Gluten-free and grain-free diets are very trendy the past several years. In any gathering of people, you will find at least a few that are managing their food in this way.

Naturally, pet owners want this for their animals, and think it will be a cure for everything. The pet industry is following along by producing grain-free diets.

The problem with this is that this methodology has not been tested with long-term studies. Recently, we are finding that these diets are deficient in taurine, and can lead to heart defects, especially in dogs.

These cardiomyopathies — specifically the dilated version — can become very serious and even deadly. The illness causes the heart to enlarge and become weak. It doesn’t pump blood well. Symptoms include coughing, low energy, labored breathing and collapse. It can lead to full heart failure and death.

Any pet displaying these symptoms should receive immediate care.

The sad part of this to me is that the vast majority of dogs are not generally allergic to grain like people are. When they experience a food allergy or intolerance, it is generally to the protein component of their diet. That is why we frequently use novel protein diets or even hydrolyzed protein diets that break the proteins down into unrecognizable components so that patients will not react to them.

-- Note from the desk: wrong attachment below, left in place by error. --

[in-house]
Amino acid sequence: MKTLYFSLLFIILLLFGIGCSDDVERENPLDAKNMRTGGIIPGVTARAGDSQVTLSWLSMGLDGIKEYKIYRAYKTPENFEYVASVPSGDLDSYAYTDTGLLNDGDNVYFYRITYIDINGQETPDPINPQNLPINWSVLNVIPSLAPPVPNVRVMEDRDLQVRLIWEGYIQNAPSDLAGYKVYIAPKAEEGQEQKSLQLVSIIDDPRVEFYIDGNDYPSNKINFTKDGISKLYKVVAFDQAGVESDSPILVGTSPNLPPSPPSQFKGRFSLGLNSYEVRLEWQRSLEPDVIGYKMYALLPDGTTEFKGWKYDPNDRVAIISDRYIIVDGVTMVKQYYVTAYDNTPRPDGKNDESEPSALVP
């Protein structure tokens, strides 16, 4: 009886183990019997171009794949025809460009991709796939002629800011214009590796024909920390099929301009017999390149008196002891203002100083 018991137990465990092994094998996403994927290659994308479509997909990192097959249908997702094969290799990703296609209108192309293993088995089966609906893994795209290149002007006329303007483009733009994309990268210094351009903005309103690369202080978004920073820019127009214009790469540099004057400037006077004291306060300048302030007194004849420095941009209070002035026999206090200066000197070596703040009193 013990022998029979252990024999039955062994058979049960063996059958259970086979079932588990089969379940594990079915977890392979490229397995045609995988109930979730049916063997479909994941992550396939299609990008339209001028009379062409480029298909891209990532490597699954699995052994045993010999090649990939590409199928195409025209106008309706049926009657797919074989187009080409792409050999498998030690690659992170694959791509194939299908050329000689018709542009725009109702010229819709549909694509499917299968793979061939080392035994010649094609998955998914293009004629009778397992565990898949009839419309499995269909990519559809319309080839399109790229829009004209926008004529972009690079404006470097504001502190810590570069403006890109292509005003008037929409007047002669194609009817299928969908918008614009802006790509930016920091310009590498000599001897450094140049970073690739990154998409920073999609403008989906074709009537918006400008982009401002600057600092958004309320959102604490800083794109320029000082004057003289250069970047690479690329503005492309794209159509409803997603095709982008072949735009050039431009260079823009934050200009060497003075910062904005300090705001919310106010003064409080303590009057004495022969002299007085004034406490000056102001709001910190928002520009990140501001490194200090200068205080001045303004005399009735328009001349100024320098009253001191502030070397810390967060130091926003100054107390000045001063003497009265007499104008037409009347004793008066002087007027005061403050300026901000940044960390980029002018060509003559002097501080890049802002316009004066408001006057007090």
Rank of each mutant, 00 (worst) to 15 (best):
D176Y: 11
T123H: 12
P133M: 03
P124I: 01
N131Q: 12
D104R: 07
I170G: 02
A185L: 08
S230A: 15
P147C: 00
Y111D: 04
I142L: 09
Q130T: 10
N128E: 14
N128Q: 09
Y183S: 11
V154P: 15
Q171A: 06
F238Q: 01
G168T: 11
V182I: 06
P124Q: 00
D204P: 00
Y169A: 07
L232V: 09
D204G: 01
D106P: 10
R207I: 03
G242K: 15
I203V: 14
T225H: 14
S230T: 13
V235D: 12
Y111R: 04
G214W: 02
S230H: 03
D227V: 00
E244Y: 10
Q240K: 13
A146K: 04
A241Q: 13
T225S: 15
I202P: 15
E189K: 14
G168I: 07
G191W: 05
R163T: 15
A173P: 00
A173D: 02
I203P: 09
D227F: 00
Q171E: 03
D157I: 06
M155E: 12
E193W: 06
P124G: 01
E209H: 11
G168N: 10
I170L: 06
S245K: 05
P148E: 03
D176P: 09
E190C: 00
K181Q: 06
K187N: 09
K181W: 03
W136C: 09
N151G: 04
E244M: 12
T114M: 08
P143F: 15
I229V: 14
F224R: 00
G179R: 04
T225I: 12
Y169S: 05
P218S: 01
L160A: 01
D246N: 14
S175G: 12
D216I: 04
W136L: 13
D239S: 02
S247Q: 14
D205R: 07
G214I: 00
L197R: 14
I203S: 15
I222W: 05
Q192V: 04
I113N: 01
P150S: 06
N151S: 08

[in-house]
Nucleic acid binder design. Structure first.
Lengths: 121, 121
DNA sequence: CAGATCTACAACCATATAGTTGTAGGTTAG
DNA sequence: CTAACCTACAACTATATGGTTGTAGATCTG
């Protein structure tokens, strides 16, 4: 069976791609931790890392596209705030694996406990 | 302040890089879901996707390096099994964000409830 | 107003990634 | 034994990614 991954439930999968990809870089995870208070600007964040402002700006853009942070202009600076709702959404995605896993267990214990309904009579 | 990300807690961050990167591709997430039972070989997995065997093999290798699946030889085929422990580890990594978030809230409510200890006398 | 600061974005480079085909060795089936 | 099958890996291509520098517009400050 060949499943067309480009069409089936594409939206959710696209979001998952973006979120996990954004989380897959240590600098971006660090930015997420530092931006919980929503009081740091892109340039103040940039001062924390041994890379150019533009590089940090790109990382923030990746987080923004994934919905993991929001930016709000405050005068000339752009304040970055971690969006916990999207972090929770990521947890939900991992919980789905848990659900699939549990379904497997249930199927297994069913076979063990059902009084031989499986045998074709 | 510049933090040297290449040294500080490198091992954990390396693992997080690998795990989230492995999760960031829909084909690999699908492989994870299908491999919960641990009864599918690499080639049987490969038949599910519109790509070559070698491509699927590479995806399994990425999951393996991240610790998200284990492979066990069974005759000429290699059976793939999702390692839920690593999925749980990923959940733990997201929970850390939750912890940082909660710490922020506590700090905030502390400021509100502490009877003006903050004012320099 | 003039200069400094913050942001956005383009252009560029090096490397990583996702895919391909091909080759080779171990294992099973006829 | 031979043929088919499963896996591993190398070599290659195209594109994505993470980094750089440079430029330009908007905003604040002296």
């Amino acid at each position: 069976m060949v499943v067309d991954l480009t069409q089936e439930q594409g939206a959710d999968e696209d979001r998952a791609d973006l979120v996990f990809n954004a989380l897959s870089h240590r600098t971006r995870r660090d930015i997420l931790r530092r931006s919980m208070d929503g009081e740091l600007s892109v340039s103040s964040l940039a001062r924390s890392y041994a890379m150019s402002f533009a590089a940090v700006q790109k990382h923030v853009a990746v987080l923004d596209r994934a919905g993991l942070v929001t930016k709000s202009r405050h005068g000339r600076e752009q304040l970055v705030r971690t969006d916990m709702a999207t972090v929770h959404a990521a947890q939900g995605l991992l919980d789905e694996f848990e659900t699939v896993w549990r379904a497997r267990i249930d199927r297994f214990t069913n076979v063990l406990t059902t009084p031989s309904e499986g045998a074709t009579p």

Please do not feed your companions grain-free diets. If your canine has been eating this type of food, I recommend a full cardiovascular evaluation with possible cardiac ultrasound.

I also discourage against preparing home-cooked diets. They are often deficient in multiple vitamins and micronutrients. They are also not as good for your buddy’s teeth, and it is very difficult to repeatedly produce the same food.

The website www.balanceit.com can help evaluate a diet for you. Ideally, I recommend a pet store diet from a well-known company that does a lot of testing on their products.

Your veterinarian can guide you on food choices that are specific to the needs of your canine or feline.

Dr. Julie Damron is the medical director of Stockton Veterinary Emergency and Specialty Center. She has worked as a veterinarian in San Joaquin County for more than 20 years and is the founder of Loving Tails, an organization that assists the pets of the homeless.

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